I’d have to say that the most radical is likely from my own perspective as a literary agent . . . that agents and writers have glimpsed a world where they actually turn down big advances (or don’t take advances at all) in order to guarantee promotion and marketing budgets, to be more heavily invested in the publishing process, and to receive a larger royalty percentage on the back end. Now, this doesn’t work for everyone because oftentimes writers need advances to live on while they write the books, but the days of those outlandish advances might be nearing their ends.

My prediction for 2011: The talk of the publishing industry dying will decline and we will figure out new, inventive ways of reaching readers and selling books. Just focus on the content, publishers, and the readers will come.

Edward Nawotka, Editor-in-Chief

The most radical publishing event of 2011 was, as Hannah said above, the shift in attitudes of book publishers away from thinking that digital was going to be a sinkhole that was going to subsume the book business and publishers subsequently adopting the view that digital represented a portal into the future and the wallets of (some) consumers. It cannot be disputed that 2011 is the year that e-books were finally embraced by the mainstream. Look around you…how many people do you know who are reading digital books? Maybe it’s your wife, child, mother-in-law. Maybe they have a Kindle or a Nook or an i-something-or-other. Last year you’d have had a hard time finding anyone who’d read an e-book other than a few select early adopters. This year, e-readers are the hot holiday gift. By this time next year, e-books will no longer be a novelty, they’ll just . . . be.

My prediction for 2011: Everyone Becomes a Publisher. Literally. Whether it’s bloggers turning their posts into books with Blurb, or going the whole DIY route, self-publishing will become an increasingly attractive option for greater numbers of writers, be they casual or professional. Not so fast. If the growth numbers hold steady, I expect Bowker to announce before BookExpo America that nearly a million new titles were published in the United States alone this year – of which it’s likely more than half were self-published. If you’re looking for a top trend for 2011, a further explosion of self-published books, either in print or digital, is likely to be it. Of course, point-and-click book publishing might never truly make an author happy –publishing is, after all, collaborative — and the question remains of whether the audience is there to buy and read so many of these new titles.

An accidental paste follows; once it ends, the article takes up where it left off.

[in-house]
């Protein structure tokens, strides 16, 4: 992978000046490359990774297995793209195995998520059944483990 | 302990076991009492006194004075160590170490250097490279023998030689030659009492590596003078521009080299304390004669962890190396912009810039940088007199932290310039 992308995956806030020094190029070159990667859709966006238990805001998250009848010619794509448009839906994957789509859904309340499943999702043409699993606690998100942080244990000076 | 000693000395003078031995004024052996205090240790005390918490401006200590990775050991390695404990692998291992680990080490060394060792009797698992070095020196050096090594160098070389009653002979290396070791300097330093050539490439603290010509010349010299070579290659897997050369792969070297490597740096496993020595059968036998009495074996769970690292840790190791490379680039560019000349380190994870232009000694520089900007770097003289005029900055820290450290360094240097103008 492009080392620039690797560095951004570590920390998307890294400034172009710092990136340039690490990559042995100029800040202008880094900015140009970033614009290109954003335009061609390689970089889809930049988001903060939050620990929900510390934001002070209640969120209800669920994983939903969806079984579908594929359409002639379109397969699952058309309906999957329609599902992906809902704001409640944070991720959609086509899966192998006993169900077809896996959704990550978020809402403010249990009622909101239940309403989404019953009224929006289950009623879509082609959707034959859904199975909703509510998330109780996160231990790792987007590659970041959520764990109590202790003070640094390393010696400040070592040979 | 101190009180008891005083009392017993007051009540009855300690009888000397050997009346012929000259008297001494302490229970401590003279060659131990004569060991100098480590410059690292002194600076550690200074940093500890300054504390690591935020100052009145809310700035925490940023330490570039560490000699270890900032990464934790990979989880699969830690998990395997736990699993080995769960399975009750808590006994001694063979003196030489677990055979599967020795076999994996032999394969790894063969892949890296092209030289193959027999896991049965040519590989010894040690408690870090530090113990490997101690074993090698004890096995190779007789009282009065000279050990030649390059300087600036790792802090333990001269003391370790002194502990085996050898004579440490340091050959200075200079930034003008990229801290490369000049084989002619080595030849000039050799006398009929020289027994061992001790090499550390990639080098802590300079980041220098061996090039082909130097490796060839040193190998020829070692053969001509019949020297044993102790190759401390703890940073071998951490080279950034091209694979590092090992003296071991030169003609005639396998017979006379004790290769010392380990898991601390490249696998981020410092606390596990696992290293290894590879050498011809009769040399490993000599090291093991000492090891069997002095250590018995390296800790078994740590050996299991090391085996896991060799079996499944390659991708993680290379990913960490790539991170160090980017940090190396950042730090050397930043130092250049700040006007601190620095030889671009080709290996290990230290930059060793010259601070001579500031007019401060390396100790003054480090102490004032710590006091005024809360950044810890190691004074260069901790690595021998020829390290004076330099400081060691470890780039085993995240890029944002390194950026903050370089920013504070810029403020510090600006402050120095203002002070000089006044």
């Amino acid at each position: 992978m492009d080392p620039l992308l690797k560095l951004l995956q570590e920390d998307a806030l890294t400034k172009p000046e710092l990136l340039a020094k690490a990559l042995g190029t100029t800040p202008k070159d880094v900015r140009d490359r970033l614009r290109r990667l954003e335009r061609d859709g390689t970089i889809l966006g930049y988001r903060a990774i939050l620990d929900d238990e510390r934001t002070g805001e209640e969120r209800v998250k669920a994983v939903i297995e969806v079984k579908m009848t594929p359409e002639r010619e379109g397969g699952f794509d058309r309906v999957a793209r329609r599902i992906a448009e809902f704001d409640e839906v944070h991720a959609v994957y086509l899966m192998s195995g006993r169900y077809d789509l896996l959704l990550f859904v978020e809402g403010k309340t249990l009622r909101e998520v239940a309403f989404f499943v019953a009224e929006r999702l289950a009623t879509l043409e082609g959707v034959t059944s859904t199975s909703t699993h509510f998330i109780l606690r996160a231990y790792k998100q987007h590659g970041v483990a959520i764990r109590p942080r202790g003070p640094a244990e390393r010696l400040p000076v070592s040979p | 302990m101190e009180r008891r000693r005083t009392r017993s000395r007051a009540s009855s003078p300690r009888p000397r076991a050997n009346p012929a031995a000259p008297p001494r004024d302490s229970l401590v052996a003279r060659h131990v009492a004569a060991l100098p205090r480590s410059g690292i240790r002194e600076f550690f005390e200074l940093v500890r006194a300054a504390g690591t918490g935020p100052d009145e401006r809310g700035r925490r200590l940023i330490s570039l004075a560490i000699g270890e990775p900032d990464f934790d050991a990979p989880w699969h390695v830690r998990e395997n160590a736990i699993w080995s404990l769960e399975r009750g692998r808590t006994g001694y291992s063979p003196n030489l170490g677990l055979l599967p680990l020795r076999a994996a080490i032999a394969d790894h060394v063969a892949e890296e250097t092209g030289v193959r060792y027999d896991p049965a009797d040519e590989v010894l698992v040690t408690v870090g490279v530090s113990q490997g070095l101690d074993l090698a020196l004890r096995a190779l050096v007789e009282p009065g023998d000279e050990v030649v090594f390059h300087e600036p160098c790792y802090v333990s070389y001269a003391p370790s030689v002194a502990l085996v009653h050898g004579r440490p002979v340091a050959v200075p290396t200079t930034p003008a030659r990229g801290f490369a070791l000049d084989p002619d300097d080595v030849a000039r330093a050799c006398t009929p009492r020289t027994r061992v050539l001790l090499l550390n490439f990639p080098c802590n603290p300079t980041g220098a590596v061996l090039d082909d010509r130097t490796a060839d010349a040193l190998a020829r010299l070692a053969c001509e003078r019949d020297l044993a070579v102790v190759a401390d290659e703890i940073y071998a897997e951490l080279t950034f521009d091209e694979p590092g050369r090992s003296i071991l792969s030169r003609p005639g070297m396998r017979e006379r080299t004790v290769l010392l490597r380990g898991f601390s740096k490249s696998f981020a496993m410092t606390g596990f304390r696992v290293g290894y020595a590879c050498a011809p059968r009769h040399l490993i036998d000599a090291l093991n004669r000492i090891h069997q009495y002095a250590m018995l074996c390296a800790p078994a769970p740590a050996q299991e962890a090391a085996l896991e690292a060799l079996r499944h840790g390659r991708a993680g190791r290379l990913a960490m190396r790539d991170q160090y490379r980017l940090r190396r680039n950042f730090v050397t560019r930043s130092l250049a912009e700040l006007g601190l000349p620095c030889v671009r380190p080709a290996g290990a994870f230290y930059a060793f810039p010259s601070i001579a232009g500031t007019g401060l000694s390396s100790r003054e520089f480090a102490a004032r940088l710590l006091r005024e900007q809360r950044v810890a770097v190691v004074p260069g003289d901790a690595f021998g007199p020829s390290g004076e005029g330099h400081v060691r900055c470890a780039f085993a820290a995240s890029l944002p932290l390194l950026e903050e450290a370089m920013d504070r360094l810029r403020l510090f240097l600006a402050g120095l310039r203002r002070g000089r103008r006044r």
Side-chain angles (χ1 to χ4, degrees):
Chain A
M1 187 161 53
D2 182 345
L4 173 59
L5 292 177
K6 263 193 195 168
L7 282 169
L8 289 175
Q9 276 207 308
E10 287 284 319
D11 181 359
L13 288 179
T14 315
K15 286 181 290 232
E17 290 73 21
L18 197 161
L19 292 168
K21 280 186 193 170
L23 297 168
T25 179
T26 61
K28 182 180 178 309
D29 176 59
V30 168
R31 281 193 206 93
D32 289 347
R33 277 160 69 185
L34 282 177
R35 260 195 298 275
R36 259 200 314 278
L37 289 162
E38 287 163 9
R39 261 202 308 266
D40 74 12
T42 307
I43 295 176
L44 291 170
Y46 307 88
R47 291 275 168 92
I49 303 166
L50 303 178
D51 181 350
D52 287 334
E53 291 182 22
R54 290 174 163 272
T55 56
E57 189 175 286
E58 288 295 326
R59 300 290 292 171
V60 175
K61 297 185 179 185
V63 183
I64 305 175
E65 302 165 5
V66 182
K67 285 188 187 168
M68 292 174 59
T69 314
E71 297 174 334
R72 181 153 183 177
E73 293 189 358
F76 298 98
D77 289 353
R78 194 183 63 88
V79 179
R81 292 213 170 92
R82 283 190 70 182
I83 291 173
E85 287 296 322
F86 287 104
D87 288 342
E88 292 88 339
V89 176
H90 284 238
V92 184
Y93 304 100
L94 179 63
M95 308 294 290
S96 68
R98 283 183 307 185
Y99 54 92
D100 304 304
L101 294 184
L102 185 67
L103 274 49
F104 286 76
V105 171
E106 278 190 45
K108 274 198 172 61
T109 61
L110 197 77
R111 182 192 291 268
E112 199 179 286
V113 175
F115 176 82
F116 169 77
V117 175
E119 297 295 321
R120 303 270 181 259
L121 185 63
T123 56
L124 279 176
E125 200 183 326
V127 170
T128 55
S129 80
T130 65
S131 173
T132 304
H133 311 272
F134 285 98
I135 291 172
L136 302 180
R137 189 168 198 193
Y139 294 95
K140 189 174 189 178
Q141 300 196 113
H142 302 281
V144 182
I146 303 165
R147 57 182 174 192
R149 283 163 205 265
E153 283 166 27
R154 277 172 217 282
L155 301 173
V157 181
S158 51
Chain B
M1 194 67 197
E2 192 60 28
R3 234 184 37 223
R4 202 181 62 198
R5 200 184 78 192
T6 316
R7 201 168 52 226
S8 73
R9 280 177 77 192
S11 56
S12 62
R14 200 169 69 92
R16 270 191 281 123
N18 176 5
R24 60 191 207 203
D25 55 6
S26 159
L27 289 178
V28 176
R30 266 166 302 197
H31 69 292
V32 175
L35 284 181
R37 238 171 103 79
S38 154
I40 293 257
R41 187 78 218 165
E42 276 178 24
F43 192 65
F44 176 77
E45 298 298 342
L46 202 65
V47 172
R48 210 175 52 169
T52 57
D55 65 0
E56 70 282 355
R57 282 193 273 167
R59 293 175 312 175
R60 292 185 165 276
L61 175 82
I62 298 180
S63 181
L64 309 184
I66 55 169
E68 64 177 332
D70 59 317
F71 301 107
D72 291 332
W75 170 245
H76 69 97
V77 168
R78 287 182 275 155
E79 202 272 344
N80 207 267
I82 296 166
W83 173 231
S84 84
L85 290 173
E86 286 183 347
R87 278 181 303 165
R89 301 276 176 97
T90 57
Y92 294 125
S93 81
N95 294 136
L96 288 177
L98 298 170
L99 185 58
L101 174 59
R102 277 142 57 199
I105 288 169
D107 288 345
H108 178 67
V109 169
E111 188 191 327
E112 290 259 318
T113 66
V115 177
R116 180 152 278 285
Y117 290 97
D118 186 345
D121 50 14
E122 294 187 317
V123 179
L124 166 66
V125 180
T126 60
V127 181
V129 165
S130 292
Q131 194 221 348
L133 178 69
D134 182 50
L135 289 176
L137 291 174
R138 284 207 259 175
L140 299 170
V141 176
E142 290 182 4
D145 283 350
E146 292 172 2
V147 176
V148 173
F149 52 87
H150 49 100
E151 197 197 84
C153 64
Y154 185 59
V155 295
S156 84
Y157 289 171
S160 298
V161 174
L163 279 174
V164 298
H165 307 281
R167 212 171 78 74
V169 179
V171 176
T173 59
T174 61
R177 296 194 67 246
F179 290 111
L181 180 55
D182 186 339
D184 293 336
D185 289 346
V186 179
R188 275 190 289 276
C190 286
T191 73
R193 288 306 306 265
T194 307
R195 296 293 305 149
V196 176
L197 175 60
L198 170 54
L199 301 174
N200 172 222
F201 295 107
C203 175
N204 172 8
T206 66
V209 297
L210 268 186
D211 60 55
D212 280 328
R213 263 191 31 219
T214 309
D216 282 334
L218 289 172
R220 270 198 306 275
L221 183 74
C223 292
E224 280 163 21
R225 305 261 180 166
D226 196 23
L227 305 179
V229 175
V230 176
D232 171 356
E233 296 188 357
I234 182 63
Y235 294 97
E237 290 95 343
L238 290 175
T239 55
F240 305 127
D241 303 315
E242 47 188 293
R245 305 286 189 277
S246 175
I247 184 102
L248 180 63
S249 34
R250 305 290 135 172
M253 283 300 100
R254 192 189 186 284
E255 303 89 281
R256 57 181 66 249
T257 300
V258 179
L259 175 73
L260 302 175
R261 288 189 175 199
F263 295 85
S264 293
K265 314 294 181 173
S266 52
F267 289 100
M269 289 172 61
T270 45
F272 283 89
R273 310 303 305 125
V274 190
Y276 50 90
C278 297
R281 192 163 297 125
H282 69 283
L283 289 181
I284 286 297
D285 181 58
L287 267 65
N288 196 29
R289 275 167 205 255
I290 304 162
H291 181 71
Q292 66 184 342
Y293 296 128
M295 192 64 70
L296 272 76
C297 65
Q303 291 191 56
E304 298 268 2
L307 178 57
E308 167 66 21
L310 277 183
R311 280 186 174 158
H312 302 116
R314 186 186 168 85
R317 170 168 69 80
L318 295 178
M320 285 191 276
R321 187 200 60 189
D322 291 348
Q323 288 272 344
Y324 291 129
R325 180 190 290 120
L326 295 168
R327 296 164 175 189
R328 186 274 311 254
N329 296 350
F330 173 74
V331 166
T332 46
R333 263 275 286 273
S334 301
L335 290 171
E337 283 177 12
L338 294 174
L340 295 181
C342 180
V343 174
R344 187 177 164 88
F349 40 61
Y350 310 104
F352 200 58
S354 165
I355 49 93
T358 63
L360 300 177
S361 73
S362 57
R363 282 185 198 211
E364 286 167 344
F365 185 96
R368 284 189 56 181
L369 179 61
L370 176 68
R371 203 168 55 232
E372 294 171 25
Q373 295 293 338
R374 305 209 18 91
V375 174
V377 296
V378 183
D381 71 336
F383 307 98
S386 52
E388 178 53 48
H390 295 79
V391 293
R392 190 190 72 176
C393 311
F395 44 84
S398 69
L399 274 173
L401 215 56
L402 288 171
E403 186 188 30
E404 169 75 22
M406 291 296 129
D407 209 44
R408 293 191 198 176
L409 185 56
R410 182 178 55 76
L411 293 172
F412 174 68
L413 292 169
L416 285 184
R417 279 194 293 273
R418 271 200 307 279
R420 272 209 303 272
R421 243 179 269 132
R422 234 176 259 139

DISCUSS: Share Your Strongest Publishing Memory from 2010 and Predictions for 2011

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  1. Posted December 25, 2010 at 4:17 am | Permalink

    A braver or more radical prediction for 2011 would be that “the book” expands beyond a single app or other physical media to encompass the whole Internet as its manuscript. In this scenario “the book” is really the plot, the characters and the genre with blurred physical boundaries and blurred fictional boundaries – a story told across several media in formats and at times suited to a multitude reader lifestyles.